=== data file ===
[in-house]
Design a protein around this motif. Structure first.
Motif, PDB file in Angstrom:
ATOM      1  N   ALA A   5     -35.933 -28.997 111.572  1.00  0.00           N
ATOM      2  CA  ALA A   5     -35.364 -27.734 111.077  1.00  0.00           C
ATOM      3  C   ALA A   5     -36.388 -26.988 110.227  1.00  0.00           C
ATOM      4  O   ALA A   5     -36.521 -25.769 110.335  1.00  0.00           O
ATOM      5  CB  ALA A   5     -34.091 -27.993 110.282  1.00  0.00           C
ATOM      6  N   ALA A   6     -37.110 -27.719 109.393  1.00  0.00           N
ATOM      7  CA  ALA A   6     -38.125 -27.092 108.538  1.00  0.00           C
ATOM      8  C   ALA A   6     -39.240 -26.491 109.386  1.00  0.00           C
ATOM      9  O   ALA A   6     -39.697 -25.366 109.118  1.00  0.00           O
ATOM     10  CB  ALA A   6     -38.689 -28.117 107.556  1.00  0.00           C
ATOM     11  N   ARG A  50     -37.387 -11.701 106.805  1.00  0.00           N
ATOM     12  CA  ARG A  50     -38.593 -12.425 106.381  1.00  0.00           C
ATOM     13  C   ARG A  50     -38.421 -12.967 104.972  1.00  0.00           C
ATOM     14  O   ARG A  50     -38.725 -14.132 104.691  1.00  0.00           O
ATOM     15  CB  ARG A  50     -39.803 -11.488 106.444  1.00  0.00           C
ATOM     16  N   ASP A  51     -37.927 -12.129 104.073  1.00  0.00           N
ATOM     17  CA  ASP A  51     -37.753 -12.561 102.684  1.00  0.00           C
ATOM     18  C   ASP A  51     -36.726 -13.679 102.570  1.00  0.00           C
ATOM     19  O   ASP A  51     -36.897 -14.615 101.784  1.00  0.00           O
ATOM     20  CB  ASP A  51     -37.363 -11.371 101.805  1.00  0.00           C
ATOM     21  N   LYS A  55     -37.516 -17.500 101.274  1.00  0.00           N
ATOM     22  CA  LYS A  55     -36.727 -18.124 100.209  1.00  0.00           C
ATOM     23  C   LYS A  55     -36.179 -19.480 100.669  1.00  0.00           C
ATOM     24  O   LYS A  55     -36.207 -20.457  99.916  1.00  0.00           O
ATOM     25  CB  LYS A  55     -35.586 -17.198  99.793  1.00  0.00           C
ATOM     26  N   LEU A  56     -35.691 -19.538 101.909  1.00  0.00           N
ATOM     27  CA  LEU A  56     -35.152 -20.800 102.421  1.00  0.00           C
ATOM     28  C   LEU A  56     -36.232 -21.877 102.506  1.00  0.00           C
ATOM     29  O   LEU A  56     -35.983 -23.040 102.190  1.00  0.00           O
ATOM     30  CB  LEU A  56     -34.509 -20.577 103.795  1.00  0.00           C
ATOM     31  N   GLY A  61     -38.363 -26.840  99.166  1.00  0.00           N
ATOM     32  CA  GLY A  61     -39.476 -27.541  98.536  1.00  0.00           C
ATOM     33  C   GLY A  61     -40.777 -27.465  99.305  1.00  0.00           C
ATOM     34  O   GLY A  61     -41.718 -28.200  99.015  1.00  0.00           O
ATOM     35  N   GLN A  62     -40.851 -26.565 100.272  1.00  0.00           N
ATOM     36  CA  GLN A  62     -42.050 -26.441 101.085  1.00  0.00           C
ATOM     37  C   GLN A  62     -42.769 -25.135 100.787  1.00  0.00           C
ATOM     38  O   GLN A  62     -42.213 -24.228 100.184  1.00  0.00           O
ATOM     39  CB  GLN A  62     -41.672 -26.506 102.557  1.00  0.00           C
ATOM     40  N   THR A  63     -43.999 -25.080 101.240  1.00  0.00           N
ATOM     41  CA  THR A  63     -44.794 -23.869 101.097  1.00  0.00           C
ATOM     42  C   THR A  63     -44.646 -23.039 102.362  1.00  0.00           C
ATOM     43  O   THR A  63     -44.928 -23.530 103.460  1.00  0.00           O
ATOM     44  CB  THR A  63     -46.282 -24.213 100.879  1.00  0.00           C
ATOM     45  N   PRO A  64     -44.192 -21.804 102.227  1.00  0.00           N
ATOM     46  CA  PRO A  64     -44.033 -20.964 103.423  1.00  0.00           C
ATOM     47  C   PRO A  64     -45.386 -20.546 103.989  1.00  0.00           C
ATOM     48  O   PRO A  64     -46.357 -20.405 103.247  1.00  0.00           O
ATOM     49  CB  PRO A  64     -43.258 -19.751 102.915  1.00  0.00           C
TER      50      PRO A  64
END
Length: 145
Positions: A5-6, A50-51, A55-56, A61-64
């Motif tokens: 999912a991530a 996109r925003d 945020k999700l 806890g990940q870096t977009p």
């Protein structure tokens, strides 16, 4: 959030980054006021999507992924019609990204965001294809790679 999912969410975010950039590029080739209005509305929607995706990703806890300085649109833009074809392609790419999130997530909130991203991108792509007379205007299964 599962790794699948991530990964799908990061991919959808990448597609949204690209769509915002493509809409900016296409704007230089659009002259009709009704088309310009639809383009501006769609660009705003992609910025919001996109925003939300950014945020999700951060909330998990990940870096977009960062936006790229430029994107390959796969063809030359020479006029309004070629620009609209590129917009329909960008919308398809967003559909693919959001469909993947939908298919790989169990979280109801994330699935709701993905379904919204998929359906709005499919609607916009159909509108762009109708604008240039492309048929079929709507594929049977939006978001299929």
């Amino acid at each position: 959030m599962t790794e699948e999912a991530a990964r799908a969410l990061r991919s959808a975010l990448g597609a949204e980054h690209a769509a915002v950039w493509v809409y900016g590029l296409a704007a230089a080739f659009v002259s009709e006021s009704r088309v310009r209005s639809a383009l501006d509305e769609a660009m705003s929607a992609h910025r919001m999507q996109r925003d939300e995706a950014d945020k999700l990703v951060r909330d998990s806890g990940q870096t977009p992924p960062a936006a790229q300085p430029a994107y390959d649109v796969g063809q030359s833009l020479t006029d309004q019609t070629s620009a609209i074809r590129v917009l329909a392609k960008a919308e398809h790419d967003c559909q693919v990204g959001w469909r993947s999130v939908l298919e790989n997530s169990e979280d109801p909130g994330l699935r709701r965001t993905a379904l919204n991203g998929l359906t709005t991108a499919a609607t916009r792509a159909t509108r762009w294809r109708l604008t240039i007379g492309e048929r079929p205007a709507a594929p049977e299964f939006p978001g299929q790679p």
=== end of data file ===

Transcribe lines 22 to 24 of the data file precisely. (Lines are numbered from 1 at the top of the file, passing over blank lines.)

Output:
ATOM     19  O   ASP A  51     -36.897 -14.615 101.784  1.00  0.00           O
ATOM     20  CB  ASP A  51     -37.363 -11.371 101.805  1.00  0.00           C
ATOM     21  N   LYS A  55     -37.516 -17.500 101.274  1.00  0.00           N